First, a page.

There’s a saying in Go, “lose your first 100 games quickly.” The idea is that you want to make mistakes early and often to work out the kinks of the game, get a feel for it, and fall into the common pitfalls so that you can avoid them in the future.
The same proverb applies to many things in life, even game dev. Besides a simple dice game and some demo’s I made for classic systems in high school, Impulse was my first real foray into game development. With a number of complex mechanics, 20 levels, and even an intro story cutscene, it’s pretty remarkable that I managed to get it out the door in 16 days. The game has garnered a humble 300 downloads and has a 5-star rating in the App Store.
The point wasn’t to break records or even to create a remarkable experience. It was a learning exercise, and any time there’s a deadline involved, falling into the common pitfalls, much like a game of Go, is inevitable. I got to see the whole lifecycle of a game from start to finish in a compressed amount of time. From concept, to napkin designs, to game engine choice, to art decisions, to first line of code, to shippable and playable, the journey was one of the most incredible learning experiences in my coding career to date.
Since I would consider the experiment a success, I wanted to share a few lessons learned that may help first-time developers ship their game on time.
Save your best idea
Your first game should be simple and achievable in a short time. Save your great idea for game number 3 or 4 when you’ve had a chance to get your feet wet with game design and development.
I’ve had an idea for a new kind of tower defense game for years now, but I have yet to start on it, because I know that it will be subject to feature creep, complex mechanics, and will likely take several months to implement even half the game’s unique gameplay. I’m saving it and building smaller games until I feel confident enough to embark on that journey.
Game engine choice is less important than you think
Since I was on a deadline and was already comfortable in Objective-C, I chose SpriteKit as my engine of choice. If I had more time I would have chosen Unity or Corona due to their cross-platform nature, but the deadline forced me to buckle down and get coding on day 3.
Engine choice is far less important than many people think. Much like a great film can be shot on a cheap DSLR, and a terrible film can be shot on Arri Alexa (forgive the brief former-filmmaker lingo), what engine you choose is far less important than the design of the game itself.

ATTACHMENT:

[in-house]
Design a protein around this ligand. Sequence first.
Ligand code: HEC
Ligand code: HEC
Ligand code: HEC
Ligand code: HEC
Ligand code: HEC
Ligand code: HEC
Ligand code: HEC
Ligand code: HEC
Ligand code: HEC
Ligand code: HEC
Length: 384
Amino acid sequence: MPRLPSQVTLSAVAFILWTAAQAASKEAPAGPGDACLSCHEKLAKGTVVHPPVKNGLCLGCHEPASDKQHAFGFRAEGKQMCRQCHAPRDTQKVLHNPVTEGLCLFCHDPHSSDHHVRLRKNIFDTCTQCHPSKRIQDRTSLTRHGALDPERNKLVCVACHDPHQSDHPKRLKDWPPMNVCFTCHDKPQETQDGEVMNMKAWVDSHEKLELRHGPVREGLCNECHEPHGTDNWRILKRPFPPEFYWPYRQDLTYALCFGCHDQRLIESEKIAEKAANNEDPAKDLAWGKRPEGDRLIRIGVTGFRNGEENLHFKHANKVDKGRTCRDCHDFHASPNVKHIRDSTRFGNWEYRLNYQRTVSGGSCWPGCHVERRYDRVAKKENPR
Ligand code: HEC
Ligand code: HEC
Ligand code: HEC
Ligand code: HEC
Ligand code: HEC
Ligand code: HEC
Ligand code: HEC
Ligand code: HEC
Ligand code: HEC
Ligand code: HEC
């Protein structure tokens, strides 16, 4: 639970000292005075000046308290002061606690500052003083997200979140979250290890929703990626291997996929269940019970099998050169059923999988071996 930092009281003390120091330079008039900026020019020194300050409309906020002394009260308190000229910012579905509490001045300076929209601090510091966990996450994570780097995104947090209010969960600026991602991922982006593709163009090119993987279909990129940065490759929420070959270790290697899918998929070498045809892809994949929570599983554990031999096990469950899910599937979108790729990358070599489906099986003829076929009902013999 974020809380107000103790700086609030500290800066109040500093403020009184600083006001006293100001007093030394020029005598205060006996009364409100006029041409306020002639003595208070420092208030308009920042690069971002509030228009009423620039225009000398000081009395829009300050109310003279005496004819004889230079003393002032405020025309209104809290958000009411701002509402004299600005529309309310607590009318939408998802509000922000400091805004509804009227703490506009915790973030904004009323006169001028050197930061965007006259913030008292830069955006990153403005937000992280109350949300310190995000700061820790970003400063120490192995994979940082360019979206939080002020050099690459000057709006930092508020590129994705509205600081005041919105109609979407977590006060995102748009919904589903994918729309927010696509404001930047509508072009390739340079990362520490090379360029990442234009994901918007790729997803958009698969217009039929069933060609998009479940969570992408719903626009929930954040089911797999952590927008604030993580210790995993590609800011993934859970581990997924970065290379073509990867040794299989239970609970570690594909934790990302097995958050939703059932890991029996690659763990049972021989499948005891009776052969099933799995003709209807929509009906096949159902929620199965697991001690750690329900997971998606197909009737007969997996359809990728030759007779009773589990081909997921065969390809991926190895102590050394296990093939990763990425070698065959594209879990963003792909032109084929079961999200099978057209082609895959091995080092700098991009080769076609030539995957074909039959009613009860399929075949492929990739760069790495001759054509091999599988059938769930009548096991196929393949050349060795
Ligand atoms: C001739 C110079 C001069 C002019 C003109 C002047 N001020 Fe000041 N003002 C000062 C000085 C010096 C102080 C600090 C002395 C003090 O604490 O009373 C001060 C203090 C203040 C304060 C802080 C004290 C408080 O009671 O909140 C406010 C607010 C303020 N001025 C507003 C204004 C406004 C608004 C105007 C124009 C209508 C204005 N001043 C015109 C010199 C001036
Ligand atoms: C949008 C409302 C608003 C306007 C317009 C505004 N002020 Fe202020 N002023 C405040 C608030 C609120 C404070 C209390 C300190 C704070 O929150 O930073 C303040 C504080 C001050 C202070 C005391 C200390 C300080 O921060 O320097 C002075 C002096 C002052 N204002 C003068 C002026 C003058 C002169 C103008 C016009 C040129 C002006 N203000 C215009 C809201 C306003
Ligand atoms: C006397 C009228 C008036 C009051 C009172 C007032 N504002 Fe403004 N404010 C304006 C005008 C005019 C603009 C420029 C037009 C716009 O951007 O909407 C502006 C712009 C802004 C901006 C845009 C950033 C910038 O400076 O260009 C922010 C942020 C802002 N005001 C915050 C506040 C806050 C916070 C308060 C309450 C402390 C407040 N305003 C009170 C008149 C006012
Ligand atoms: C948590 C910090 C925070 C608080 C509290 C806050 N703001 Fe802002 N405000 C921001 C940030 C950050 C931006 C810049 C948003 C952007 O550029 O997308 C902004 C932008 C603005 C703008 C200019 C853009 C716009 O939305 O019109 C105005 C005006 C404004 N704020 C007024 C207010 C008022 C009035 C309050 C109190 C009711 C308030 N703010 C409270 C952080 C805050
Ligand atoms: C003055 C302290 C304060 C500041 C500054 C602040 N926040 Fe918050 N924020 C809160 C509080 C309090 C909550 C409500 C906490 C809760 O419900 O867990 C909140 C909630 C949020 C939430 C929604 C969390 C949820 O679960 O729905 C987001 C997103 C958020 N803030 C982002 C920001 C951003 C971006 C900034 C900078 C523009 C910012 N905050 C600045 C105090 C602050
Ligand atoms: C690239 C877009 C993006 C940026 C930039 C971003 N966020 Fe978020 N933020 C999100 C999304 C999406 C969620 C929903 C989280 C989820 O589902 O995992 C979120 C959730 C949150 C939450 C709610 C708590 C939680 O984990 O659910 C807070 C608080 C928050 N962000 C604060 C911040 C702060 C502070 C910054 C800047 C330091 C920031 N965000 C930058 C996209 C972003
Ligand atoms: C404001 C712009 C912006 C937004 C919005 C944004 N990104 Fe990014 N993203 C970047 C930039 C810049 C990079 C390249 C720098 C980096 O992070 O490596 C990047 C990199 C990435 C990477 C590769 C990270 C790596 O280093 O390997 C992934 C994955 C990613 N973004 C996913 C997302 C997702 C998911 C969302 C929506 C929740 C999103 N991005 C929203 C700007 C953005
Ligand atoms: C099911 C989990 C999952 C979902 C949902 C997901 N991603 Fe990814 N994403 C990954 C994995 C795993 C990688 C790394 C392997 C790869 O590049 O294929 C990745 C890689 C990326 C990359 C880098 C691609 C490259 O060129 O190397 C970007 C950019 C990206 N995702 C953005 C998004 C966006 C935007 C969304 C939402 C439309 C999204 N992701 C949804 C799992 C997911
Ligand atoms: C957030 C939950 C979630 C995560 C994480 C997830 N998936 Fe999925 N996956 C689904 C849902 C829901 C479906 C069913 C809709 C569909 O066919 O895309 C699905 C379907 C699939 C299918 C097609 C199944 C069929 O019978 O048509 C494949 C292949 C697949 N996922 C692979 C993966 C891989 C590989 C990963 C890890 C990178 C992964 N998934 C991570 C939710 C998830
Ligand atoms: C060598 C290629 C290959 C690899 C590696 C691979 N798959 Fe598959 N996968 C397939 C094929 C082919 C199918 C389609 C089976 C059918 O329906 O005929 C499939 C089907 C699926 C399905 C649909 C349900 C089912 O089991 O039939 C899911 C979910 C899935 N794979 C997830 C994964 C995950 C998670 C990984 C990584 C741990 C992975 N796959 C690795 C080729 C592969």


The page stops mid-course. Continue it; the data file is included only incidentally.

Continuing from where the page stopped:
The important thing is this: Your first game should be made in whatever game engine is most approachable for you. Already know C# and want cross-platform? Unity is a great choice. Comfortable in C++ and want 3D? Check out Unreal. Know Swift or Obj C and only shipping to iOS? SpriteKit works fine.
Don’t worry too much about scalability
This is your first game, not your magnum opus. “Spaghetti code” is perfectly acceptable, as are imperfections. Make it work and don’t worry too much about scalability. You’re here to learn, and it’s more important to see the whole lifecycle of a game’s development than to make perfectly clean code.
I ran into an early problem in week 1 where my partner spent a lot of time trying to get SpriteKit’s level designer to work for us. Turns out it was incredibly buggy, and after 5 days on this problem we had to have a serious talk and ditch the visual level designer entirely. In an afternoon, my partner whipped up a simple coordinate-based level generator, and it worked like a charm for our purposes.
Although this solution wouldn’t scale for hundreds of levels, it worked fine for our target of 20 levels.
Demo early and often
As soon as you have a working alpha, get it into the hands of your audience. Players will give you valuable feedback and even suggest additional features. Now, you run the risk of feature creep and have to ignore vast swaths of these suggestions, but outside perspectives give you a fresh look at your game and help make it more approachable actually fun.
When I demo’d the game on day 7, I noticed people had trouble pulling back on the ship because the hit box was too small. It took less than an hour to implement the code that allows the player to pull back anywhere on the screen, and it permitted far better control over trajectory.
A work of art is never finished, only abandoned
Set a hard deadline for yourself and ship it on time. Just ship the damn thing. As soon as you have a working game that’s reasonably fun to play and has even just 10 minutes of content, ship your game. Once it’s out into the world you have the choice of iterating and adding mechanics and levels, or moving on to your next game. Once I had something imperfect but playable, I chose to ship move on, and I still think that was the right decision.
Set a deadline, start coding, and view it all as a learning experience.
You can check out my game, IMPULSE: The Journey Home, which is free in the iOS App Store.